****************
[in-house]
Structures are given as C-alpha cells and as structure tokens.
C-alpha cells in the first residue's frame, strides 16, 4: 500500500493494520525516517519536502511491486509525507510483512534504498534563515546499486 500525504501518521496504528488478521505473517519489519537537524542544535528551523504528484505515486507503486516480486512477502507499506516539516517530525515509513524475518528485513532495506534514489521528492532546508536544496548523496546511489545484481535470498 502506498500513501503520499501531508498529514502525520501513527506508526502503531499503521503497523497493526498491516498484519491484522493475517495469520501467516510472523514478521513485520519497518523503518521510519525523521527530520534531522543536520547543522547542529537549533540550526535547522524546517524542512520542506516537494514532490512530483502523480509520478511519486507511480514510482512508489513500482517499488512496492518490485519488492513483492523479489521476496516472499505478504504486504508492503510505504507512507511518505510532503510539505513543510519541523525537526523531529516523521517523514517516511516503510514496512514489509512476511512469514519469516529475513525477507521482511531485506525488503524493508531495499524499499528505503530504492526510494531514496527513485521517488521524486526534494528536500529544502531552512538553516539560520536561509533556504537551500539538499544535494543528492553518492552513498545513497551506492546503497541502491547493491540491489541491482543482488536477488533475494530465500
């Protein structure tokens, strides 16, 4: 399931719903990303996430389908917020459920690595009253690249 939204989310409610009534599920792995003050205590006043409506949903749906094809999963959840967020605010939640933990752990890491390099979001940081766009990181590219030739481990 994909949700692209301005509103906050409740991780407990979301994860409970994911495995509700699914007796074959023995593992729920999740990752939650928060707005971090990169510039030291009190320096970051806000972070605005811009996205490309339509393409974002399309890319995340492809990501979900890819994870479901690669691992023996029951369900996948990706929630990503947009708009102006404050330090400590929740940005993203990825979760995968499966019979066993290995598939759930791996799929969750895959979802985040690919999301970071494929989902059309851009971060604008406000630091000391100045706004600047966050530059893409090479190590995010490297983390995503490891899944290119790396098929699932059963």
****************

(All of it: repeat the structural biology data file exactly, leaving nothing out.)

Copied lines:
[in-house]
Structures are given as C-alpha cells and as structure tokens.
C-alpha cells in the first residue's frame, strides 16, 4: 500500500493494520525516517519536502511491486509525507510483512534504498534563515546499486 500525504501518521496504528488478521505473517519489519537537524542544535528551523504528484505515486507503486516480486512477502507499506516539516517530525515509513524475518528485513532495506534514489521528492532546508536544496548523496546511489545484481535470498 502506498500513501503520499501531508498529514502525520501513527506508526502503531499503521503497523497493526498491516498484519491484522493475517495469520501467516510472523514478521513485520519497518523503518521510519525523521527530520534531522543536520547543522547542529537549533540550526535547522524546517524542512520542506516537494514532490512530483502523480509520478511519486507511480514510482512508489513500482517499488512496492518490485519488492513483492523479489521476496516472499505478504504486504508492503510505504507512507511518505510532503510539505513543510519541523525537526523531529516523521517523514517516511516503510514496512514489509512476511512469514519469516529475513525477507521482511531485506525488503524493508531495499524499499528505503530504492526510494531514496527513485521517488521524486526534494528536500529544502531552512538553516539560520536561509533556504537551500539538499544535494543528492553518492552513498545513497551506492546503497541502491547493491540491489541491482543482488536477488533475494530465500
């Protein structure tokens, strides 16, 4: 399931719903990303996430389908917020459920690595009253690249 939204989310409610009534599920792995003050205590006043409506949903749906094809999963959840967020605010939640933990752990890491390099979001940081766009990181590219030739481990 994909949700692209301005509103906050409740991780407990979301994860409970994911495995509700699914007796074959023995593992729920999740990752939650928060707005971090990169510039030291009190320096970051806000972070605005811009996205490309339509393409974002399309890319995340492809990501979900890819994870479901690669691992023996029951369900996948990706929630990503947009708009102006404050330090400590929740940005993203990825979760995968499966019979066993290995598939759930791996799929969750895959979802985040690919999301970071494929989902059309851009971060604008406000630091000391100045706004600047966050530059893409090479190590995010490297983390995503490891899944290119790396098929699932059963």